Revisiting ‘The Third Level’ by Jack Finney

Past is a good place to visit, but certainly not a good place to stay. The Third Level by Jack Finney is an engrossing story set in the 1950’s. The story is studded with numerous undertones of irony. It takes you back in time.  It was a world when people hadn’t seen two of the bloodiest wars in the history of mankind. The story brings to light the fact that figments of someone’s imagination can be used for shying away from reality, which in all fairness, is harsh enough. Let us take a closer look at the story.


The Third Level tells the story of a 31-year-old guy named Charlie. (Not Charlie Sheen). One fine evening, while rushing home, he decides to take the subway from the Grand Central Station. He ends up finding himself on the Third Level of the Grand Central Station (There were only two levels). There Charlie observes spittoons lying on the floor. People wearing derby hats and having gold watches which they keep in their vest pockets. Charlie witnesses a Currier & Ives locomotive.

Understanding he’s gone back in time, Charlie tries to buy tickets to Galesburg. During the lunch hour, the next afternoon, Charlie withdraws all his savings (Nearly 500 US Dollars) in order to buy old style currency notes. Charlie narrates this incident to Sam, his friend who works as a psychiatrist. Sam concludes that the Third Level is nothing, but a mere figment of Charlie’s imagination. The miseries which the modern world, full of war, worry and terror, had on offer made Charlie hallucinate about the existence of the Third Level.

Charlie succeeds in finding an evidence related to the Third Level’s existence. He discovers a letter addressed to him by his psychiatrist friend Sam. The letter was dated 18th July, 1894. It seemed that Sam wasn’t as incredulous of the third level as he appeared to be.

Character Sketch of the protagonist:

Charlie’s a 31-year-old guy. He wore a Tan Gabardine suit (I remember Roger Moore wearing Tan Gabardine suits when he portrayed James Bond on-screen). He’s an ordinary guy running a family. Peace and serenity happen to be the two things he wants rather desperately. His decision to stay back there in the year 1894 reiterates his desire to live a peaceful and a Joyous life with his wife.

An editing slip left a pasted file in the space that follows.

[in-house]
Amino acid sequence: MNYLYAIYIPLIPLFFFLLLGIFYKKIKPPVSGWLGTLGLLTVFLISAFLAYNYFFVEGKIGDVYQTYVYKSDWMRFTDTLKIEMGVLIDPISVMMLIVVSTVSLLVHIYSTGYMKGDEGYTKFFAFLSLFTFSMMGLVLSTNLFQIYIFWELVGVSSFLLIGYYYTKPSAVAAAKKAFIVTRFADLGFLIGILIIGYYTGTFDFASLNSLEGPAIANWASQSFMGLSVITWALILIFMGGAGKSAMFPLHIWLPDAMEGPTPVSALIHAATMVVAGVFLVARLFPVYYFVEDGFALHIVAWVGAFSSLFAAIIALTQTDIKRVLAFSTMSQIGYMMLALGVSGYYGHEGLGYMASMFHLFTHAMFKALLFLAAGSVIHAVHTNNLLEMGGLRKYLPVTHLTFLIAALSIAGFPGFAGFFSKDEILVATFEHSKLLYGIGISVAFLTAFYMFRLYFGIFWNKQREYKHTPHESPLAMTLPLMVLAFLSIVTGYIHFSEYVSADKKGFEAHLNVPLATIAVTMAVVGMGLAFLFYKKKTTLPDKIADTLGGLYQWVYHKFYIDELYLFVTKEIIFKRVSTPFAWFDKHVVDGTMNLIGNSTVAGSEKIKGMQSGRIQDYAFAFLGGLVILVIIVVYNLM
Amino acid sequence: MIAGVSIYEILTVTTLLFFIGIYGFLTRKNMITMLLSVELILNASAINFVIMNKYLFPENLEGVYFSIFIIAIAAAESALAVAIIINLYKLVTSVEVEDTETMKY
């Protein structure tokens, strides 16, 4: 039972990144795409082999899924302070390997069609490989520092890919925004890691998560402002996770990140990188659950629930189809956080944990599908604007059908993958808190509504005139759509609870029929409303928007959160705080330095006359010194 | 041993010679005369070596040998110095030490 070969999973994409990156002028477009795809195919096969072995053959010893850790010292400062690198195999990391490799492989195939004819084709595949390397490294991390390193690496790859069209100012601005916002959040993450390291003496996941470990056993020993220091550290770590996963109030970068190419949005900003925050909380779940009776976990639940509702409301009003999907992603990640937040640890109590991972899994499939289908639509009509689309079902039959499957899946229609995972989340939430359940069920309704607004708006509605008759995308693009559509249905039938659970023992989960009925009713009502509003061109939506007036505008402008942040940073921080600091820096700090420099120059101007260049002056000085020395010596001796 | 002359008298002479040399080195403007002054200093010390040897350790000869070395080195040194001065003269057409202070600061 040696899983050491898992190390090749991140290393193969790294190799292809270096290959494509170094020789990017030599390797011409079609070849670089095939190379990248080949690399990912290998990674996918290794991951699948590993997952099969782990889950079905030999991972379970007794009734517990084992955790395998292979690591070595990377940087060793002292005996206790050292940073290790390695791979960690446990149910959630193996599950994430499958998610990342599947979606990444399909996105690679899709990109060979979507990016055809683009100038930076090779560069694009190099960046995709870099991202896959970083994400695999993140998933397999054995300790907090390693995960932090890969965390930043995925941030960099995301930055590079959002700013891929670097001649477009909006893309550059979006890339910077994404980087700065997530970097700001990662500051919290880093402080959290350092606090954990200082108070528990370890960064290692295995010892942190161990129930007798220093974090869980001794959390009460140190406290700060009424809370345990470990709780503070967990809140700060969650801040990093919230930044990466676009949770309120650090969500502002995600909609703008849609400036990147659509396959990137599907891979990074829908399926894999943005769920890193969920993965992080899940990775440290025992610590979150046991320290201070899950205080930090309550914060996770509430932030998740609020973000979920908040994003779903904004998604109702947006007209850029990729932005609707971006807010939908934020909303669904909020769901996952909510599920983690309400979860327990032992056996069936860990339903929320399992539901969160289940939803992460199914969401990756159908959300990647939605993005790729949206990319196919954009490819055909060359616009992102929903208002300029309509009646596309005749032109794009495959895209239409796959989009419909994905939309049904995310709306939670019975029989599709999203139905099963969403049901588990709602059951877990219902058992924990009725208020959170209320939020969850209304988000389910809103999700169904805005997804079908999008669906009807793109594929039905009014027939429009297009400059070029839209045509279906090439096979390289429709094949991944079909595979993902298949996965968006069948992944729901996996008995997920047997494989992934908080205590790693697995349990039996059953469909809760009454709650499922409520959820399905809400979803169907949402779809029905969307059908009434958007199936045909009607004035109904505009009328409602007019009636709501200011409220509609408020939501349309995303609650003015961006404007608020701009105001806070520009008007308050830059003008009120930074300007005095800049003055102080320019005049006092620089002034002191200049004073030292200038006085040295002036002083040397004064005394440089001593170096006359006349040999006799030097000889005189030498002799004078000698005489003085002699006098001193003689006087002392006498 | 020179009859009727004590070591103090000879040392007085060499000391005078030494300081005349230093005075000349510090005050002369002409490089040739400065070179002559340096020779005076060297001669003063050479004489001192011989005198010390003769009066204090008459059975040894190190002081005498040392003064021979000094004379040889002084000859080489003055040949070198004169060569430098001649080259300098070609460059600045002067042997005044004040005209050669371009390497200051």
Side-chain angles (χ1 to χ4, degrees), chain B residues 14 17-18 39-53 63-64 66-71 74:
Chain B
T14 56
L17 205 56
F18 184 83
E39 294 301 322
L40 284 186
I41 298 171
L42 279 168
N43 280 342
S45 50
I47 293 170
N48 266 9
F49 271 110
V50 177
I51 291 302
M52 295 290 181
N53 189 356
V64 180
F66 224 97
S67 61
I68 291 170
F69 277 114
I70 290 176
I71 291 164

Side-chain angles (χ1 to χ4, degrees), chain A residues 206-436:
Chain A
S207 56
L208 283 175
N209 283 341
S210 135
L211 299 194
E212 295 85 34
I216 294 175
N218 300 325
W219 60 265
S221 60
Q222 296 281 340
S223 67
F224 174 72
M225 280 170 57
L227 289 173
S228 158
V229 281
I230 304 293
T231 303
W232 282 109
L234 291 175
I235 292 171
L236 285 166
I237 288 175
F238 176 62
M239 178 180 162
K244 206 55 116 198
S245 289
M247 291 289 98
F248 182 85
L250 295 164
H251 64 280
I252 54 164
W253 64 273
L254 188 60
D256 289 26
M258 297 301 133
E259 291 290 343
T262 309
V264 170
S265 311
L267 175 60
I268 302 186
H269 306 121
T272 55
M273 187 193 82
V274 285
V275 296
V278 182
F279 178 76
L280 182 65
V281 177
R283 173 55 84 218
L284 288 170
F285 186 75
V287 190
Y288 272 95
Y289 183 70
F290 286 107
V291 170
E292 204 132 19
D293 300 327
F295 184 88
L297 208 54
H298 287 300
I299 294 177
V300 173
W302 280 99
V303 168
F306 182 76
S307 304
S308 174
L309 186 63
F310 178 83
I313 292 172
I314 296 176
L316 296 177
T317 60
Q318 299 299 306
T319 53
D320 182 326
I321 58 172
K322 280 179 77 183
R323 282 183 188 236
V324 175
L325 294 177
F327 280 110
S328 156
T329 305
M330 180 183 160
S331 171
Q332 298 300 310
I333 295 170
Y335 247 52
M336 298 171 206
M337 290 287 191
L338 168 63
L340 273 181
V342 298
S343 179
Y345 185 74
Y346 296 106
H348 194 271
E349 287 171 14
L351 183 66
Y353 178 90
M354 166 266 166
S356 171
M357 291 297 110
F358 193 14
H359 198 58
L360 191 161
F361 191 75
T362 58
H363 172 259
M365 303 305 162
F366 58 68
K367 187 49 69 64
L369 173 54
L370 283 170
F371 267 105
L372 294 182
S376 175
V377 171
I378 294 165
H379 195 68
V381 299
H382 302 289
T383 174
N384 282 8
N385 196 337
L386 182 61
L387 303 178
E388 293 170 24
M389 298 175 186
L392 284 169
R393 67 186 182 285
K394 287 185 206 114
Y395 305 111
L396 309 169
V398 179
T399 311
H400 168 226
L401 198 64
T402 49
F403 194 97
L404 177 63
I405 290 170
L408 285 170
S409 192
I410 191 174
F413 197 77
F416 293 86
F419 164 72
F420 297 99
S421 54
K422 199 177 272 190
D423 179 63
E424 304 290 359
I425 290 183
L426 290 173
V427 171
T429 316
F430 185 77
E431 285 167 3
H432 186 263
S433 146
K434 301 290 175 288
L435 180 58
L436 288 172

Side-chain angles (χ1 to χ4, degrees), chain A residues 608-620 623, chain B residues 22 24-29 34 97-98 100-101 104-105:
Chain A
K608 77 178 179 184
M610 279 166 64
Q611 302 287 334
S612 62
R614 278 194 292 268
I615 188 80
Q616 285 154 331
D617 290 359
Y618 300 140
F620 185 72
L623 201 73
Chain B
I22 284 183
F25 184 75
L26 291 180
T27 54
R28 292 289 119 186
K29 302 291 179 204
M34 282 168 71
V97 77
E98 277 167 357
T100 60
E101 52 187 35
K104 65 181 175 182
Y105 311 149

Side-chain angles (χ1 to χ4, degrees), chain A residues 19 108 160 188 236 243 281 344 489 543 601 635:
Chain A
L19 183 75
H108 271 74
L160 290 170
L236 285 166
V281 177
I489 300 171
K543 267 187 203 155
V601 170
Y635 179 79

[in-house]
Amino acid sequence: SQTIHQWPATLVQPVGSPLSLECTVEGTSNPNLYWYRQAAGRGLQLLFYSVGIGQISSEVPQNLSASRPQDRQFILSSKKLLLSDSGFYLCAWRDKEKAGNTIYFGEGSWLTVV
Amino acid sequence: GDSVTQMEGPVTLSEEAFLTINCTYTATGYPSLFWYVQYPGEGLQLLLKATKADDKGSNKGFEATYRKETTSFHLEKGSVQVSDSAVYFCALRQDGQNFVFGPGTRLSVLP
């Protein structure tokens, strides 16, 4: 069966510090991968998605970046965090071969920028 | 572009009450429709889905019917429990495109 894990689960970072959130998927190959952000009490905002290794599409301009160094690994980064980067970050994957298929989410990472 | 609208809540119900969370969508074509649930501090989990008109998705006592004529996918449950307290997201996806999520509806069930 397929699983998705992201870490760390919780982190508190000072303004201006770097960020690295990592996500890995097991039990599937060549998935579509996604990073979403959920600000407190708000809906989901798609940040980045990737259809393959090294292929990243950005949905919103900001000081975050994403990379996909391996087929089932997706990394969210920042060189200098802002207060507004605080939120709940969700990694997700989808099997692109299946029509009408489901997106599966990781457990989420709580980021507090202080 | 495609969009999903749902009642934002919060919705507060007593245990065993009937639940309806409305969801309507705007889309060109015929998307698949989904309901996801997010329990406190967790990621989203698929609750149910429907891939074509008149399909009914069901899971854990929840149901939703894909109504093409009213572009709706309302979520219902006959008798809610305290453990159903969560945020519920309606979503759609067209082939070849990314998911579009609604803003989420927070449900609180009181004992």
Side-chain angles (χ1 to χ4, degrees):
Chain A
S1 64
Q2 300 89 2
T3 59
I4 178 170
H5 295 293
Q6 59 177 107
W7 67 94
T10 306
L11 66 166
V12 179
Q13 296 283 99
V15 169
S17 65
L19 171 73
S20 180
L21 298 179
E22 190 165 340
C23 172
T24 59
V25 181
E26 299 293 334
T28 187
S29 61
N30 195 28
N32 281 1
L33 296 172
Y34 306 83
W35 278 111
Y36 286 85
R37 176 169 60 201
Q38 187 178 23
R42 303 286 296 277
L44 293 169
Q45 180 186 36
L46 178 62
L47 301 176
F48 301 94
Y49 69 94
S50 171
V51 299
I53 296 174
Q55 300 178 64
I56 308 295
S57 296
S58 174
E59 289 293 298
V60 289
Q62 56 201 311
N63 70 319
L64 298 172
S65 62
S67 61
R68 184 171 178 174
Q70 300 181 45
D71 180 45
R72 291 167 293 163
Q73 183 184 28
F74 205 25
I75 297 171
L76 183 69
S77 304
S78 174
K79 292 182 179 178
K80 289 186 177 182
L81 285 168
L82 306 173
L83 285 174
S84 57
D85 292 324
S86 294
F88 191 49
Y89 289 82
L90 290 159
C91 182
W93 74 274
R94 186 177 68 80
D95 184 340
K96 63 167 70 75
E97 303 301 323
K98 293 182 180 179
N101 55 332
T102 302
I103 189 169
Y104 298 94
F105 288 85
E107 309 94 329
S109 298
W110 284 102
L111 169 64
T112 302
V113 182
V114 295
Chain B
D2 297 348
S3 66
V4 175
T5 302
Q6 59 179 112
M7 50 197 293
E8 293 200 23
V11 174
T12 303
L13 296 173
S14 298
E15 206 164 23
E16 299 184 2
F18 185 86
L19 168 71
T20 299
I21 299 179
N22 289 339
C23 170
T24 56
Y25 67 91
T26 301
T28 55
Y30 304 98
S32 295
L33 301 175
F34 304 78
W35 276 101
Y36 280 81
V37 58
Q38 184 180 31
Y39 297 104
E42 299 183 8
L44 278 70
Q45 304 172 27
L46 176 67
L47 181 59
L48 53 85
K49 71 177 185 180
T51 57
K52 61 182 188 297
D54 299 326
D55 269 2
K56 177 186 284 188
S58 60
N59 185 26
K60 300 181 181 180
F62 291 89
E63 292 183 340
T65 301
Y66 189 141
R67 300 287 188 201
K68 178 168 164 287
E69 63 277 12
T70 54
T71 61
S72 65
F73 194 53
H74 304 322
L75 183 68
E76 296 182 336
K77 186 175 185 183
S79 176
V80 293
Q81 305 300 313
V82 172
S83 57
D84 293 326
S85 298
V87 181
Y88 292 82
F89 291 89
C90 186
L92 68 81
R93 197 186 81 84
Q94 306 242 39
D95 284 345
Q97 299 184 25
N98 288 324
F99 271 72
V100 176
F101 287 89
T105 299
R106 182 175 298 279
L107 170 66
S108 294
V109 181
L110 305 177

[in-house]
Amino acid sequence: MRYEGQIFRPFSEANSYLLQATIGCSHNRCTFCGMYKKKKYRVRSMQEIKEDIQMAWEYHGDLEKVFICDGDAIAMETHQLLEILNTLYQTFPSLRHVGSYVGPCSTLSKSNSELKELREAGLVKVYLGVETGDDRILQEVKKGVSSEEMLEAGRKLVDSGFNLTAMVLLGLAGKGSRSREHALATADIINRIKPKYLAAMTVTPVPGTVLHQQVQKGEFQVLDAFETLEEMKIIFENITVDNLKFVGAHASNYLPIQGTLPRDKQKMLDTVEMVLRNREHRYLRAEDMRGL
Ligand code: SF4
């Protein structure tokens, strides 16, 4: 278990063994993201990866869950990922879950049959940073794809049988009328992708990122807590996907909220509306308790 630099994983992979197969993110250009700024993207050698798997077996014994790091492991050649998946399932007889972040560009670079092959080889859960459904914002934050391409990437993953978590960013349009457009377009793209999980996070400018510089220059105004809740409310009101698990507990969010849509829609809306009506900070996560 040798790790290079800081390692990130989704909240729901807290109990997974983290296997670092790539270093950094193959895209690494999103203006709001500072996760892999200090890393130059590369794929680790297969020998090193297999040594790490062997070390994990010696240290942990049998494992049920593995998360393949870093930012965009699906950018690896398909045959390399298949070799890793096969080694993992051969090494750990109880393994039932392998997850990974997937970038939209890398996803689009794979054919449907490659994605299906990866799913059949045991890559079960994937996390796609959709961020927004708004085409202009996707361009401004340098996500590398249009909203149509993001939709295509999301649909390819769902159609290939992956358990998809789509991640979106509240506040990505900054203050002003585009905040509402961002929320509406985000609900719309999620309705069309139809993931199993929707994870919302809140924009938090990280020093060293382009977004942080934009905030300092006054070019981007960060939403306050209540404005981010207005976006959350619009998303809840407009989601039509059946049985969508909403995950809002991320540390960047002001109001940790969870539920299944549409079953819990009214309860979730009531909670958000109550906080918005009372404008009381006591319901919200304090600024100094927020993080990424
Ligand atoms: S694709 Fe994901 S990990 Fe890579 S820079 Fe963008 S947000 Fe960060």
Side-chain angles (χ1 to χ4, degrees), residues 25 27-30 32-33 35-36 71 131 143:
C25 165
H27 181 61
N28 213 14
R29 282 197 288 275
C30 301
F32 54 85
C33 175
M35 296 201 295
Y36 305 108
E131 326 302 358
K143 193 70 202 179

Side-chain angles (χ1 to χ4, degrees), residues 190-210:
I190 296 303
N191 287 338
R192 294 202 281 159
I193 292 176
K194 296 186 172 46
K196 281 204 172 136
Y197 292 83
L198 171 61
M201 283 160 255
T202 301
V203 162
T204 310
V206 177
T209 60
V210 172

The Verdict

The story clearly explores the concept of time travel. Jack Finney explores the mentality of a common man. He succeeds in exposing the vulnerable side of a common man. A myriad of problems conspired to corrupt Charlie’s mind. It further robbed him of his senses, and in his panic, he hallucinated about the third level at the Grand Central Station. Even though it was hard for Charlie to believe his eyes, he decided to stay there, in the year 1894.

The feature that stands out in the entire story is the extent of ease with which Jack Finney has been able to bring out a common man’s craving for peace and security. Like any common man, Charlie too appreciated the so called ‘pleasures’ of everyday life and the security of the familiar. He wanted to stay there because 1894 was much more peaceful, secure, serene. The world hadn’t seen the repercussions of war. War, terror, disease, insecurity had got the better of common people like Charlie who wanted a transient relief from the harsh realities of life.

All in all, The Third Level brings us to a conclusion that people find it hard to make peace with unpleasant things they come across in life. The story further makes the reader realize that past and future are real illusions. They exist in the present, which is what there is and all there is.




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